This article describes a simple method for adjusting the "mano variables," grind setting, coffee dose, and shot time, to achieve close to the best possible taste from any espresso blend or SO. It does not give instructions on how to adjust temperature or pressure in response to taste, nor what basket to select; instead it assumes these remain fixed. The method will not find the optimal mano variables for every coffee; but in my experience, it will get close to optimal for most.
It is addressed to intermediate baristas with enough experience to pull non-channeling shots, to stop them at a correct and consistent blonding point, to adjust their grinders and dose consistently, and to keep the pressure and temperature profiles of their machines fairly constant and within normal espresso bounds. Experienced baristas may be interested in the way this method classifies taste and mano variables, but it won't improve their skills in dialing in coffees.
The Mano Variables:
Grind setting, dose, and shot time are the actual physical adjustments a barista makes, but these do not translate well to taste changes. Instead, we need to reconceptualize the three physical adjustments into three cognitive variables that relate better to the taste (in math speak, it's doing a canonical correlation or factor analysis by rotating the axes of the variable space):
- Up/Normal/Down Dose: the dose of coffee required to either normally, over or underfill the basket, along with the grind setting required to get an intermediate shot, i.e. a double roughly 30 seconds long, 1.5 ounces in volume, 1 ounce in weight, stopped at the normal blonding point. The exact weight and grind setting needed to accomplish this will depend on type of basket, group, and grinder being used.
- Normale/Ristretto: the smaller grind and/or dose changes required to move from the settings above to either a ristretto shot, a double roughly 35 seconds long, 1 ounce in volume, 1/2 ounce in weight, stopped at the normal blonding point; or to a classic normale, a double roughly 25 seconds long, 2 ounces in volume, 1.5 ounces in weight, stopped at the normal blonding point.
- Pale/Dark stopped: Stopping shots adjusted as above earlier or later than normal, when the flow is correspondingly darker or lighter colored.
The Taste Variables:
Exact flavors, for instance, cherry or chocolate, are an aspect of the coffee itself, and cannot be altered. Neither can the specifics of the mouthfeel, the sparkle and astringency, the fine texture of the crema. However, the way these flavors and textures balance in the shot can be altered and fine tuned. As with the Mano variables, they have to be classified in a way that makes them amenable to control.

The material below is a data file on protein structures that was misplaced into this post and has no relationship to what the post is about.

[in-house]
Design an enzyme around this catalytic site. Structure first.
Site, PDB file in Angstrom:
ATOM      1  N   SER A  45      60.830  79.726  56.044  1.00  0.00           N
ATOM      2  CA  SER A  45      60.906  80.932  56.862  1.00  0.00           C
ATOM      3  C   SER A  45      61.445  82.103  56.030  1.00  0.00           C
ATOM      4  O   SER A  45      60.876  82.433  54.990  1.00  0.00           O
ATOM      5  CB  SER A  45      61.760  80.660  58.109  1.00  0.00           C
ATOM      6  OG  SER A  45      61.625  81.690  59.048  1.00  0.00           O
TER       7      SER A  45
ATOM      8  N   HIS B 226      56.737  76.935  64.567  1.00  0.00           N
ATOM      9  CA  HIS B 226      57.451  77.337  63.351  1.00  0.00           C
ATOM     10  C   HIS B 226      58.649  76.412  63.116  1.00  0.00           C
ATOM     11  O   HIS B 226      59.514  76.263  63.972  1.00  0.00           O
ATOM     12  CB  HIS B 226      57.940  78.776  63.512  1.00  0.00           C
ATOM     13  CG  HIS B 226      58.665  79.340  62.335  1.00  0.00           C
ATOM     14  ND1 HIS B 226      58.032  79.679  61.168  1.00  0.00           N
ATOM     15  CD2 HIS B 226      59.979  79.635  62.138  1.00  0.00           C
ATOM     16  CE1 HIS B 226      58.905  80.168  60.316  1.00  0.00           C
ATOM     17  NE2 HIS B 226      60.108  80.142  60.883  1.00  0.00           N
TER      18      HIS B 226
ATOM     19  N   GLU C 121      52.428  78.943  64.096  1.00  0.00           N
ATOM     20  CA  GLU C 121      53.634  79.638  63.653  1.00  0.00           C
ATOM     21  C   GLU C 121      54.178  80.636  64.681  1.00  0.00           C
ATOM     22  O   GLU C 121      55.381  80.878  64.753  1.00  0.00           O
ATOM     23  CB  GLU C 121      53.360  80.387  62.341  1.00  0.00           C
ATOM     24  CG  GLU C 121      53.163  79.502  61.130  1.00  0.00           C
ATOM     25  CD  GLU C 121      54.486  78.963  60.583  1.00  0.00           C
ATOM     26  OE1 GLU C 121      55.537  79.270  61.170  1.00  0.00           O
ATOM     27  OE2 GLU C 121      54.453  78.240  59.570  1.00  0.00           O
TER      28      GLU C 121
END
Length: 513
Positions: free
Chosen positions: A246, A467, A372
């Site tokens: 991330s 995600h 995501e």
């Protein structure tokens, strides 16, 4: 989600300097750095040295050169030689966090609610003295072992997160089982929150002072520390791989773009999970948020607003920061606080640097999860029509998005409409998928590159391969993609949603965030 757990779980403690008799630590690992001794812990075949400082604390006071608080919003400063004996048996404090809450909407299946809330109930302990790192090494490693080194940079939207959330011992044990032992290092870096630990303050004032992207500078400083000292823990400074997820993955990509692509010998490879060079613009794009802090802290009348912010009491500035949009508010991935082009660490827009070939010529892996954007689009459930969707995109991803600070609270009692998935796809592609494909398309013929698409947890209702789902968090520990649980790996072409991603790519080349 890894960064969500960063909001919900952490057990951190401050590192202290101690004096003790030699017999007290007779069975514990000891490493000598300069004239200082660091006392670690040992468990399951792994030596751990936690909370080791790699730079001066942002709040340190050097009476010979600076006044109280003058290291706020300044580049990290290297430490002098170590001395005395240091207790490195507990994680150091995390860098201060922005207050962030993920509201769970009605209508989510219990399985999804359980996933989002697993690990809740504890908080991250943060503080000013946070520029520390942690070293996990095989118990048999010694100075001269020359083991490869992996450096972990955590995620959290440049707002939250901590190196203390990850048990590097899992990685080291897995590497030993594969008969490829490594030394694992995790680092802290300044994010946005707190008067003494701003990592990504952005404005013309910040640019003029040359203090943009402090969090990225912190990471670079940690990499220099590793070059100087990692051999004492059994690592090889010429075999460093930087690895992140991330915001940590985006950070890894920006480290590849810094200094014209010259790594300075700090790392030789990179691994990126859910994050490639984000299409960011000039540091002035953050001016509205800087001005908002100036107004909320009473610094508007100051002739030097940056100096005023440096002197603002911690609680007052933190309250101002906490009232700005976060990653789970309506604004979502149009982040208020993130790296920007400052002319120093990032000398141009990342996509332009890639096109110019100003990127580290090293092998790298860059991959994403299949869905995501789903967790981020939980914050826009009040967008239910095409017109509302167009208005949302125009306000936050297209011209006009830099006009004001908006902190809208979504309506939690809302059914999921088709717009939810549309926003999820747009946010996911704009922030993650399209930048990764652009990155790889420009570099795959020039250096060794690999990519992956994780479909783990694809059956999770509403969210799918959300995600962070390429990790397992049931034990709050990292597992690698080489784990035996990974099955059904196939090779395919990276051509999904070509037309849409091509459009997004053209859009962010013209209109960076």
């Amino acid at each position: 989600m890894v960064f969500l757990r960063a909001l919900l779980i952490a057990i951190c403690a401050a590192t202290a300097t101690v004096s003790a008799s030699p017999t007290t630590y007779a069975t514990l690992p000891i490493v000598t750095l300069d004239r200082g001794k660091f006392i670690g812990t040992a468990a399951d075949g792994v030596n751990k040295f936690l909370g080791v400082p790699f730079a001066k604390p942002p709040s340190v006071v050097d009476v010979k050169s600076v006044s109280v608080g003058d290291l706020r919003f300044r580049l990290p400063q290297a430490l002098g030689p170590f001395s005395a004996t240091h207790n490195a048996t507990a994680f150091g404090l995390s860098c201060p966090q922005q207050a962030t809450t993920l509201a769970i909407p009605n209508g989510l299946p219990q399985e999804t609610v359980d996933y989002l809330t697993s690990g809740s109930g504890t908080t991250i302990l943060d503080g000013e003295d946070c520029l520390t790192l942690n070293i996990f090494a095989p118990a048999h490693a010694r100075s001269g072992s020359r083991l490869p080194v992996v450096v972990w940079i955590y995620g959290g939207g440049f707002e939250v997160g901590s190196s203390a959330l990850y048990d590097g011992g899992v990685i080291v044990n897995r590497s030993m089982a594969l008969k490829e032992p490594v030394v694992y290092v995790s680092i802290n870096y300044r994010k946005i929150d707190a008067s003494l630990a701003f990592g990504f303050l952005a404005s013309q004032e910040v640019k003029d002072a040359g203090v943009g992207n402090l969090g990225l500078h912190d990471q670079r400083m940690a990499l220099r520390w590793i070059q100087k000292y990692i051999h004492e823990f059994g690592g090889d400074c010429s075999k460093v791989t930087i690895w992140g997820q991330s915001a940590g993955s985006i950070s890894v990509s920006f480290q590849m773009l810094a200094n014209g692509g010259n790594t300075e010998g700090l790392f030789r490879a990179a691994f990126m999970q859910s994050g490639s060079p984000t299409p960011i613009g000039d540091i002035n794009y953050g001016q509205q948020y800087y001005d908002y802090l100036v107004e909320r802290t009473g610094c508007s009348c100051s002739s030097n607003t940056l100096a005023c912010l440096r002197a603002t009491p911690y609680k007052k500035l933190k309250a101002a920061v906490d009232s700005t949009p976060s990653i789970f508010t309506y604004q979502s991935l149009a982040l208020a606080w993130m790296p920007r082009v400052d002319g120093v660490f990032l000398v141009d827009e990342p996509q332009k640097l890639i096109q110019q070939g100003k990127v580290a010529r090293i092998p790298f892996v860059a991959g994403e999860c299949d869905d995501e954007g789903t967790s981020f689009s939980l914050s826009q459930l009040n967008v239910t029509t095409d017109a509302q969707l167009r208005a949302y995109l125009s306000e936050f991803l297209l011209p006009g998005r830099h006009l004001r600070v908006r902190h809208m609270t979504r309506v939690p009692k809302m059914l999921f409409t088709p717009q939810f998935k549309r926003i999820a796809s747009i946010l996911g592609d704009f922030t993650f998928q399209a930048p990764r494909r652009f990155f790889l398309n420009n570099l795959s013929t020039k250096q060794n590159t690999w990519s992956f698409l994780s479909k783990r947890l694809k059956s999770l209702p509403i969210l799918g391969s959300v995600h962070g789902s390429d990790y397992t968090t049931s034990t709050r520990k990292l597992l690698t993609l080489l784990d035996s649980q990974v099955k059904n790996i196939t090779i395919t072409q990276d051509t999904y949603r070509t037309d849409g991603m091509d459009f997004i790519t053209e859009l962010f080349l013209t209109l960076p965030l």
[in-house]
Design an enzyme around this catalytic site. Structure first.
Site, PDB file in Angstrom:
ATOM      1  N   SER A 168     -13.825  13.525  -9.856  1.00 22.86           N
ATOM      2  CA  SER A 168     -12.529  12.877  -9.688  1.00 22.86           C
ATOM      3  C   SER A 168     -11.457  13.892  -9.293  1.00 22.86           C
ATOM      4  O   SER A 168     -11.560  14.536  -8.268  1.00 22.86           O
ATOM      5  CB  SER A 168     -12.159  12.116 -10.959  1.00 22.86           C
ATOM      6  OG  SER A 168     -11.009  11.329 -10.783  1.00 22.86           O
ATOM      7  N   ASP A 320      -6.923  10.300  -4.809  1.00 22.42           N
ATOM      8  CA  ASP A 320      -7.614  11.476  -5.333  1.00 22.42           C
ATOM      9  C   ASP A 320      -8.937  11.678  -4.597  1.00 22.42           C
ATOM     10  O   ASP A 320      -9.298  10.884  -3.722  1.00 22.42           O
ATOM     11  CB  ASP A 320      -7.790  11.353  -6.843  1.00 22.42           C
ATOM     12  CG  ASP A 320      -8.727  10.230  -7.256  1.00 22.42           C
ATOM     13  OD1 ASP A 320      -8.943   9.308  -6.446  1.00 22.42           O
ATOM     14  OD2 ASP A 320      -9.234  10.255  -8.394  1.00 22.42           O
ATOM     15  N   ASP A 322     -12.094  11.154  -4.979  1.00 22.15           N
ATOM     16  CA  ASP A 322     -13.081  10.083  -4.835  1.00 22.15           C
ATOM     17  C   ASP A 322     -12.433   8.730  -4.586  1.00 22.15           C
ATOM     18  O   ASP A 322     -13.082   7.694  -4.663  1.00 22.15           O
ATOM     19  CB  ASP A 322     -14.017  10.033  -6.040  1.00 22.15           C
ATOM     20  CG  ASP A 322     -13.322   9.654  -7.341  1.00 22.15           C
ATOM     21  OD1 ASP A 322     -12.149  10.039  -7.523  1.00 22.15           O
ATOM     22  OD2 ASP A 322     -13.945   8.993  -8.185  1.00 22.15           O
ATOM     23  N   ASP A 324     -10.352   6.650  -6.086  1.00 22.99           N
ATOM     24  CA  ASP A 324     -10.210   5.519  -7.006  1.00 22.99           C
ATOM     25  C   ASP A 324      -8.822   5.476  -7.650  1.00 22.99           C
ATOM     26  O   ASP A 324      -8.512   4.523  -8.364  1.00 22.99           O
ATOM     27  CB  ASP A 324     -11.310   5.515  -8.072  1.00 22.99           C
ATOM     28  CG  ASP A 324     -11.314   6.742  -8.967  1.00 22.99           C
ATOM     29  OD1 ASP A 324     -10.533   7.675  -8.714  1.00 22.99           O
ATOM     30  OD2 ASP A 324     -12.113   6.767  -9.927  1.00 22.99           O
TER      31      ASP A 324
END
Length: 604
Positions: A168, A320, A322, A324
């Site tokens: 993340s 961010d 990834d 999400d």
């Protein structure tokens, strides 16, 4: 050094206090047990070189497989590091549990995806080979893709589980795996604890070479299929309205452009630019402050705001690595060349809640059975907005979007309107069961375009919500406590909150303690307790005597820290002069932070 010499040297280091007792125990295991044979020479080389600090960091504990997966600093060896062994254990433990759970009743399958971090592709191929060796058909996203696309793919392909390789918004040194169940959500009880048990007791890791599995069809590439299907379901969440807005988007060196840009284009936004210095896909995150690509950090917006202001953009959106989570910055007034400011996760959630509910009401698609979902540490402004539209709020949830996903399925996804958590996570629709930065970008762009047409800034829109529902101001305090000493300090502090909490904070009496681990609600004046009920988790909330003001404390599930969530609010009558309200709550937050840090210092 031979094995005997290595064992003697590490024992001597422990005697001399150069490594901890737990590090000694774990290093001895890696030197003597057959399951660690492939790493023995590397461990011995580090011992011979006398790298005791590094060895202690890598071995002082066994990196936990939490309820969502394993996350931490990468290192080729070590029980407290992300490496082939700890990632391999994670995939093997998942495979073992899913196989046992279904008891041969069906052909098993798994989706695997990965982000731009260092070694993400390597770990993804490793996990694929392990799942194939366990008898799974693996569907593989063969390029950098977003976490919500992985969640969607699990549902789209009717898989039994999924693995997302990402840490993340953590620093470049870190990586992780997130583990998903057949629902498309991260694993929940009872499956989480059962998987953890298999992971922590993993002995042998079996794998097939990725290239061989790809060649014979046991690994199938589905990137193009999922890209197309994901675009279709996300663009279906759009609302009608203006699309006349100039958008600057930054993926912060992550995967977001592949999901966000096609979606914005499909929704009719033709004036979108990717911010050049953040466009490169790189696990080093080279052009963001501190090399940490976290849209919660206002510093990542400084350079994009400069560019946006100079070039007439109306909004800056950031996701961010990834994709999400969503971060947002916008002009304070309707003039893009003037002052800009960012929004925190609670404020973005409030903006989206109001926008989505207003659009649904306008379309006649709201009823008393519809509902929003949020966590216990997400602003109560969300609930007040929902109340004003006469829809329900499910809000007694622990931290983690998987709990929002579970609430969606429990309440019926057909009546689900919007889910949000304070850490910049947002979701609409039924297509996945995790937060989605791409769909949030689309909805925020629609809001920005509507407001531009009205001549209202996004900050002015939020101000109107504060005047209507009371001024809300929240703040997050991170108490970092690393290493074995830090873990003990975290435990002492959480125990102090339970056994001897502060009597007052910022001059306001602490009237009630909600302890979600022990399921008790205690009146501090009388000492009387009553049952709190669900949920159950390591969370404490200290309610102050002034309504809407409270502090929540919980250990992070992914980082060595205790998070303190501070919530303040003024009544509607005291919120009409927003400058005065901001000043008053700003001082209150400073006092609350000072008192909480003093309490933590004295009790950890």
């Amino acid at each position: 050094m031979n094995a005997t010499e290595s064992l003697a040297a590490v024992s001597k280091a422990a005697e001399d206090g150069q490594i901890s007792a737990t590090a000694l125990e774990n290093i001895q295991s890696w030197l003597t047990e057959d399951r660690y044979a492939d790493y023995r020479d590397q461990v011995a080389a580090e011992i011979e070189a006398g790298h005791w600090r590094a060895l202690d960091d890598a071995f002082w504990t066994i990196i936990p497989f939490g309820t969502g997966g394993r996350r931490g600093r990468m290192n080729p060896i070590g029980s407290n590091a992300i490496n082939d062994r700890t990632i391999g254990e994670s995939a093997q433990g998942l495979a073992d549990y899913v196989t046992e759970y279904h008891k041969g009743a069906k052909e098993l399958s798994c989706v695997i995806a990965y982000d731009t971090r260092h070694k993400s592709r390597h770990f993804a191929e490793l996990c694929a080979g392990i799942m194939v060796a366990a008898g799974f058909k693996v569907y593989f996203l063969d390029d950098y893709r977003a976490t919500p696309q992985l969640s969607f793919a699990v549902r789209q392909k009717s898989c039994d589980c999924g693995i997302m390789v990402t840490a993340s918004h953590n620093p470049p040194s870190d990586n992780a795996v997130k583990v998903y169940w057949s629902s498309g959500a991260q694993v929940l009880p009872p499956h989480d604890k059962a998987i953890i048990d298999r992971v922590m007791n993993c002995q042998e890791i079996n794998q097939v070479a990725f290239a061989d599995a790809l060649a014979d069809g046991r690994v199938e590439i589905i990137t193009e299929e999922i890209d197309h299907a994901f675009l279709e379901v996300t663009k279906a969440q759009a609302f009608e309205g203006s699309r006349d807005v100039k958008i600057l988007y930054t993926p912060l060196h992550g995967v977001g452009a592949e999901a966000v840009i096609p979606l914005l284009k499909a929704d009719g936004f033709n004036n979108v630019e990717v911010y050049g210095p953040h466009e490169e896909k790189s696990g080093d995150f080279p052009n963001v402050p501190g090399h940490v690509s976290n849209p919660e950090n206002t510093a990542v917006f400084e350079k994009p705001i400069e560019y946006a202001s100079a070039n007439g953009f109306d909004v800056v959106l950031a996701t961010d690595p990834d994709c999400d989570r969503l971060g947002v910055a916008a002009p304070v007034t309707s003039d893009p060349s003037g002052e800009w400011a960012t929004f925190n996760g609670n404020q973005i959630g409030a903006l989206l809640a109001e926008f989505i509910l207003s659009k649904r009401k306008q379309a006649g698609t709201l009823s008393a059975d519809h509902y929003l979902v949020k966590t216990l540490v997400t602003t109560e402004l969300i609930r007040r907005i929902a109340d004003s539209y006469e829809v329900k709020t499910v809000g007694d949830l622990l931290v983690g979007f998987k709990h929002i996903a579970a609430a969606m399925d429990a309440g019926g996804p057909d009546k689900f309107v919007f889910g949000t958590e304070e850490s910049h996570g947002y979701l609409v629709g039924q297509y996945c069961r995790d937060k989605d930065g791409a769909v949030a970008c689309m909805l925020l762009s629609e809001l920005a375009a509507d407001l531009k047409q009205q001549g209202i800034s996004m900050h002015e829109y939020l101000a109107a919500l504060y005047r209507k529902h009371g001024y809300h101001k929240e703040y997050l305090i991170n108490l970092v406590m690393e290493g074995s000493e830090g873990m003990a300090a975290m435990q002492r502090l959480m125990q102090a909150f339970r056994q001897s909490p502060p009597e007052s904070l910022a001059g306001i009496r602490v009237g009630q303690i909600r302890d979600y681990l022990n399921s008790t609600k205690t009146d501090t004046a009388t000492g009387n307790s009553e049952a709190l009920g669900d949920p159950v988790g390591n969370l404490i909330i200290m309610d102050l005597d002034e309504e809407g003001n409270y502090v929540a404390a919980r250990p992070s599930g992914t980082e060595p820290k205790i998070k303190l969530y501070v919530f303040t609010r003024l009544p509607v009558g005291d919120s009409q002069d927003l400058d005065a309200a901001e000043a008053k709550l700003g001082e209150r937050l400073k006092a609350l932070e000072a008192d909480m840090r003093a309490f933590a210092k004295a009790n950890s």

- Acids, Caramels, Bitters:
- Acids: Fruit acids and fruit sugars, along with floral and herbal aromas.
- Caramels: Chocolate, caramel, malt, and nut, along with cake baking in the oven aromas.
- Bitters: Spice, wood, sherry, and citrus peel, along with smoke, tobacco and tar aromas.
- Foamy versus Oily Mouthfeel: When ideally balanced, the crema and liquid portions of the shot are almost folded together and fairly stable over the minute or so in which the espresso is consumed. Usually, if the crema is unbalanced, either in a thin oily layer, or with a pile of large bubbles, the drink will not be as pleasant feeling on the tongue, nor will it last as long.
The Relation of Mano to Taste
- Dose and Taste Loudness: Up dosed shots emphasize both extremes, the acids and the bitters, at the expense of the middle caramel flavors. Down dosed shots do the opposite, emphasizing the caramels at the expense of the bitters and sours.
- Shot Volume and Acid/Bitter balance: Classic normales, that is faster flowing, larger volume shots, emphasize the acidic flavors. Ristrettos, that is slower flowing, lower volume shots, emphasize the bitter flavors.
- Flow Color and Mouthfeel: Allowing the shot to go longer and paler creates a lighter texture, cutting it shorter and darker creates a heavier texture. Unfortunately, ristrettos are inherently heavier textured than normales, so the timing differences need to be exaggerated in order to compensate (e.g. the ristretto may need to run to platinum blonde and almost a gush in order to have a really fine texture)
Hope this has helped.